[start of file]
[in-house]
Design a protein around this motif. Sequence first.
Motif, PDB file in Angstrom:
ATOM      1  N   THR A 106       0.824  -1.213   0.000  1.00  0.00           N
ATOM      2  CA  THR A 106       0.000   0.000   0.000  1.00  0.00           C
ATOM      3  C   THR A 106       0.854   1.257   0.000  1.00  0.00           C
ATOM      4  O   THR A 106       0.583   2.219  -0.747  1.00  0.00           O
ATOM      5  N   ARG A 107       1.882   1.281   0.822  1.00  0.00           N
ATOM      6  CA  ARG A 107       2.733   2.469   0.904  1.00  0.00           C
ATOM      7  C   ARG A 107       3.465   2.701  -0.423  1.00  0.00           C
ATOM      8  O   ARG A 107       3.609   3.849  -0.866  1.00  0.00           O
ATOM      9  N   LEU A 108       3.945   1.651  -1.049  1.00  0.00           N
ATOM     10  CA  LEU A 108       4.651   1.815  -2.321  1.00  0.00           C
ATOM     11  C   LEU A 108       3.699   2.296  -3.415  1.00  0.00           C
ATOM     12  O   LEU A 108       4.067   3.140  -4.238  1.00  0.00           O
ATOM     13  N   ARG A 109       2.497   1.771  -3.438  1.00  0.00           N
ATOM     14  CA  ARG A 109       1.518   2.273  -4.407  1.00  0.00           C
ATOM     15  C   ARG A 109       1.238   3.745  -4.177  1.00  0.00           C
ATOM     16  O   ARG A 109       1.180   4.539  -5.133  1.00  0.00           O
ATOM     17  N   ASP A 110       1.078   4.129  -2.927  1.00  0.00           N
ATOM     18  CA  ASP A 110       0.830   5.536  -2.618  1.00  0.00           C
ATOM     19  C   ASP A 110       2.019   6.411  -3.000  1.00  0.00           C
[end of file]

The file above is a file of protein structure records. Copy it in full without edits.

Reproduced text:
[in-house]
Design a protein around this motif. Sequence first.
Motif, PDB file in Angstrom:
ATOM      1  N   THR A 106       0.824  -1.213   0.000  1.00  0.00           N
ATOM      2  CA  THR A 106       0.000   0.000   0.000  1.00  0.00           C
ATOM      3  C   THR A 106       0.854   1.257   0.000  1.00  0.00           C
ATOM      4  O   THR A 106       0.583   2.219  -0.747  1.00  0.00           O
ATOM      5  N   ARG A 107       1.882   1.281   0.822  1.00  0.00           N
ATOM      6  CA  ARG A 107       2.733   2.469   0.904  1.00  0.00           C
ATOM      7  C   ARG A 107       3.465   2.701  -0.423  1.00  0.00           C
ATOM      8  O   ARG A 107       3.609   3.849  -0.866  1.00  0.00           O
ATOM      9  N   LEU A 108       3.945   1.651  -1.049  1.00  0.00           N
ATOM     10  CA  LEU A 108       4.651   1.815  -2.321  1.00  0.00           C
ATOM     11  C   LEU A 108       3.699   2.296  -3.415  1.00  0.00           C
ATOM     12  O   LEU A 108       4.067   3.140  -4.238  1.00  0.00           O
ATOM     13  N   ARG A 109       2.497   1.771  -3.438  1.00  0.00           N
ATOM     14  CA  ARG A 109       1.518   2.273  -4.407  1.00  0.00           C
ATOM     15  C   ARG A 109       1.238   3.745  -4.177  1.00  0.00           C
ATOM     16  O   ARG A 109       1.180   4.539  -5.133  1.00  0.00           O
ATOM     17  N   ASP A 110       1.078   4.129  -2.927  1.00  0.00           N
ATOM     18  CA  ASP A 110       0.830   5.536  -2.618  1.00  0.00           C
ATOM     19  C   ASP A 110       2.019   6.411  -3.000  1.00  0.00           C